You Might Be Pre-Disposed to Creativity

Once the drive to live returns to your body, you could very well be amongst the creative echelon of bipolar greats. Biographical information issues with historical artists, writers, and musicians aside, being bipolar might very well mean you are pre-disposed, at least to some degree, to a highly creative drive.

A study in Karger indicates that those with bipolar and their first-degree relatives have a higher incidence of being “open to experience” and creative interpretations of their experiences. That might sound like bipolar folks are open to outside suggestions, but that isn’t the case. Instead, we are often labeled as "original". Those with bipolar “tend toward divergent thinking, the cognitive ability of associational network activation and creative ideation, and an overinclusive cognitive style, which involves remote associations and may facilitate originality”. The possibilities for interesting associations are endless really, a ripe wonderland of creative influx can take off in the bipolar mind.

Acutely Aware of Overall Health

People with bipolar disorder can often be hyper-aware of their overall health. Knowing that someday a mood may come that will make it difficult to eat healthily or exercise can force you to consider your overall health and how it is linked to the physical body. Bipolar disorder can be associated with cluster symptomologies such as eating disorders, weight gain, fatigue, insomnia, and other very physical ailments.

The brain and body are inexorably linked. Bipolar individuals may choose to focus on their health, ensuring their diet is well managed and that they have healthy routines. Self-care should be paramount ensuring proper diet, sleep and exercise are key in maintaining a healthy mind and a consistent mood.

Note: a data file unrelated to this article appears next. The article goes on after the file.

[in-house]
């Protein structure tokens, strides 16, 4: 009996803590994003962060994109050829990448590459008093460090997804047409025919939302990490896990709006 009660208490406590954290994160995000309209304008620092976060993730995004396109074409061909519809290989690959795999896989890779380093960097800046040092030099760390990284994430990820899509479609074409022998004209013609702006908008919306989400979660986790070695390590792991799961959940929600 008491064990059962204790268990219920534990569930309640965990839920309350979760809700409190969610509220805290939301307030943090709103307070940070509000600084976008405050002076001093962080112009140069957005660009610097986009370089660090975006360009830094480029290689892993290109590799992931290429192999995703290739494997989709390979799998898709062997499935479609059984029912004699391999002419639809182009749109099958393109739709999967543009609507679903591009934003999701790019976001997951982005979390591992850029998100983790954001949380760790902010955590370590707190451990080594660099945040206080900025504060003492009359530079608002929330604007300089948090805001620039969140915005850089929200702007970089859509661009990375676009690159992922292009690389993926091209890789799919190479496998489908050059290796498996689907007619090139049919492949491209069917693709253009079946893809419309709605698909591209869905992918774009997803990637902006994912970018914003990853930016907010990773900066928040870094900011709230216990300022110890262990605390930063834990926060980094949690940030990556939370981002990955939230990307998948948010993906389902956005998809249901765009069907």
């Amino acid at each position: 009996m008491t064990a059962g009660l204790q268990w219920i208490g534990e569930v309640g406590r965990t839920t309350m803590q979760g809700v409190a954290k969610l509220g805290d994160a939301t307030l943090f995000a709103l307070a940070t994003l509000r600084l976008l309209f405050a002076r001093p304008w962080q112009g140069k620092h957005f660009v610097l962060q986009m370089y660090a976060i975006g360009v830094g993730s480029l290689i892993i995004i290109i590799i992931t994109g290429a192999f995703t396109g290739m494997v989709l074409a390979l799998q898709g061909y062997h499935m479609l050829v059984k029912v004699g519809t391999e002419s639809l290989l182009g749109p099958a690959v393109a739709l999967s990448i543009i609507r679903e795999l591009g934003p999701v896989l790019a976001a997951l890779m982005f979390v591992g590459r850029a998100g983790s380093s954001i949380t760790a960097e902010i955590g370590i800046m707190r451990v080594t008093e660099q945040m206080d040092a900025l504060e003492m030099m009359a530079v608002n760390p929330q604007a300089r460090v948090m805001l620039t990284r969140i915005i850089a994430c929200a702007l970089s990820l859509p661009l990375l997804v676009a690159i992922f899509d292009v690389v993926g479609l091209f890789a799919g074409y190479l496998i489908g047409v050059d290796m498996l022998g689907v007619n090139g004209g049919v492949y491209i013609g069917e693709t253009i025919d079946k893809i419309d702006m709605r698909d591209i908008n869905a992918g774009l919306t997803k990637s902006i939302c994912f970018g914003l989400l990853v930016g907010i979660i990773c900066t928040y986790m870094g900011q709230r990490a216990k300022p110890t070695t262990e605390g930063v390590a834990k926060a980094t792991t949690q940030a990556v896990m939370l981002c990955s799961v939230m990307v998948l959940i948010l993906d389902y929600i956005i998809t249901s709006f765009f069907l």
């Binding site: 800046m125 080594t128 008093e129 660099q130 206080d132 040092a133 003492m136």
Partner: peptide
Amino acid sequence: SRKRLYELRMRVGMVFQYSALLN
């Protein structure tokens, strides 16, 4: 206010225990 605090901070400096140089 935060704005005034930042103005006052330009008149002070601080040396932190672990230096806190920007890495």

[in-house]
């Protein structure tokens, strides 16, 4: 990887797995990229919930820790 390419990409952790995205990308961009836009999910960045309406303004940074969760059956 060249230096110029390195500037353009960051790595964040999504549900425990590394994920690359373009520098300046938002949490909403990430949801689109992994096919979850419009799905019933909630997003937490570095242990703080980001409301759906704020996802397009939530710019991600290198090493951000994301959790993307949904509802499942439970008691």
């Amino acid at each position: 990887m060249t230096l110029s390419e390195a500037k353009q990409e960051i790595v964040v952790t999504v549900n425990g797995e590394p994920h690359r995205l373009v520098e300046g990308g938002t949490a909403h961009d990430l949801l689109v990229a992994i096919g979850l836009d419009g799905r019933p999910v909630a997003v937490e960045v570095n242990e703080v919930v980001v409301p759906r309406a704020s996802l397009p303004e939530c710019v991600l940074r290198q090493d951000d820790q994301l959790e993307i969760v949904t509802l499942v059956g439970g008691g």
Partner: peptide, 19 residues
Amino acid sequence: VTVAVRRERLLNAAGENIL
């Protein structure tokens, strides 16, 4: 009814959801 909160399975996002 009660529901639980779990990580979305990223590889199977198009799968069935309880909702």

The beauty of bipolar disorder is that it can drive personal growth and introspection, it can lead to breakthroughs with self-taught balance. Sometimes it comes from internalizing a lot of emotional baggage, but oddly enough carrying that baggage can make you stronger, when you flex the parts of your brain that need the most muscle, it can have a very real positive physical outcome and vice versa.

Bipolar disorder is often depicted as this burdensome, mad genius, semi-permanent state of Jekyll and Hyde style disposition. Realistically, living with bipolar means that every day is a challenge to be greater, to be more balanced, to channel those emotional states for the positive, to use the energy for good, and to influence others to do the same. The challenge can be the stigma rather than the symptoms.

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Marissa, a graduate safety practitioner and paramedic, has been writing and editing fiction and non-fiction work for 15 years. She delivers researched and sourced news concerning world events, public health, public safety and emergency management.